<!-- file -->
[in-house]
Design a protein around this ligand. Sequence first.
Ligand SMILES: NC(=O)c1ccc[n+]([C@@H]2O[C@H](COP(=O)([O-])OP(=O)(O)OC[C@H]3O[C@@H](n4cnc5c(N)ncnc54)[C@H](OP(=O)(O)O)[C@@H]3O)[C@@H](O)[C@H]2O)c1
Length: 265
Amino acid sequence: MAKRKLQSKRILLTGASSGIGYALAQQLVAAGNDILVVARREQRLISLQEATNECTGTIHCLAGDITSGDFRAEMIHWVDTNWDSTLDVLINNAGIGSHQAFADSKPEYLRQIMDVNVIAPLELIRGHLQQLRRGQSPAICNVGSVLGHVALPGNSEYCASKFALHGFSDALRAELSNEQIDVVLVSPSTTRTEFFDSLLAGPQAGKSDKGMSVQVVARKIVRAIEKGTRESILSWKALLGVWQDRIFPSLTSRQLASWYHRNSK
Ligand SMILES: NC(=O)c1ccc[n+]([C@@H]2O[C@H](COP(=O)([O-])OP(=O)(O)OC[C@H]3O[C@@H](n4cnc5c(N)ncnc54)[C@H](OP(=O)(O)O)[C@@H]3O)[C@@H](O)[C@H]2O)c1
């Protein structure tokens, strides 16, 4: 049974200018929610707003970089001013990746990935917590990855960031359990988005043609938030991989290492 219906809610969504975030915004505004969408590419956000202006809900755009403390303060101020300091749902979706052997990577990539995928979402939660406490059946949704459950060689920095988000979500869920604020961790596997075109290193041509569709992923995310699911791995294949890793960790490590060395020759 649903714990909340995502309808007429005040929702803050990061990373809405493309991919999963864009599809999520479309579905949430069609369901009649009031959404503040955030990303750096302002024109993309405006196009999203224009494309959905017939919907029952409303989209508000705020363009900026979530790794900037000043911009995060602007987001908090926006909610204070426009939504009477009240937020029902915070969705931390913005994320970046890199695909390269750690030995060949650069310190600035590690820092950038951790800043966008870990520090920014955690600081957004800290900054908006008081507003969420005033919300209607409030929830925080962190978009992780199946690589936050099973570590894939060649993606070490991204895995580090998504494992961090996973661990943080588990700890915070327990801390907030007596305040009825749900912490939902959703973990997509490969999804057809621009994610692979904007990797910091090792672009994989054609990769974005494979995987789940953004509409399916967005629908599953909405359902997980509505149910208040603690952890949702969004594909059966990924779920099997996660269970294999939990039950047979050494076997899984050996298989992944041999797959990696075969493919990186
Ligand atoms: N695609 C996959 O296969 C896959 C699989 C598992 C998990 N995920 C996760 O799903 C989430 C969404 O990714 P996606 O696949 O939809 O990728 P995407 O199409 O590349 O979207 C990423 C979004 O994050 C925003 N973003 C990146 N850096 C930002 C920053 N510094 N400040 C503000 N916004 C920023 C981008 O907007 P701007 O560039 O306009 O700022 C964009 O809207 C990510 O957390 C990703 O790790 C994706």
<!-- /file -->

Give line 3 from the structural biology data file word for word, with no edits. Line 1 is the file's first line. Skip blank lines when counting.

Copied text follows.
Ligand SMILES: NC(=O)c1ccc[n+]([C@@H]2O[C@H](COP(=O)([O-])OP(=O)(O)OC[C@H]3O[C@@H](n4cnc5c(N)ncnc54)[C@H](OP(=O)(O)O)[C@@H]3O)[C@@H](O)[C@H]2O)c1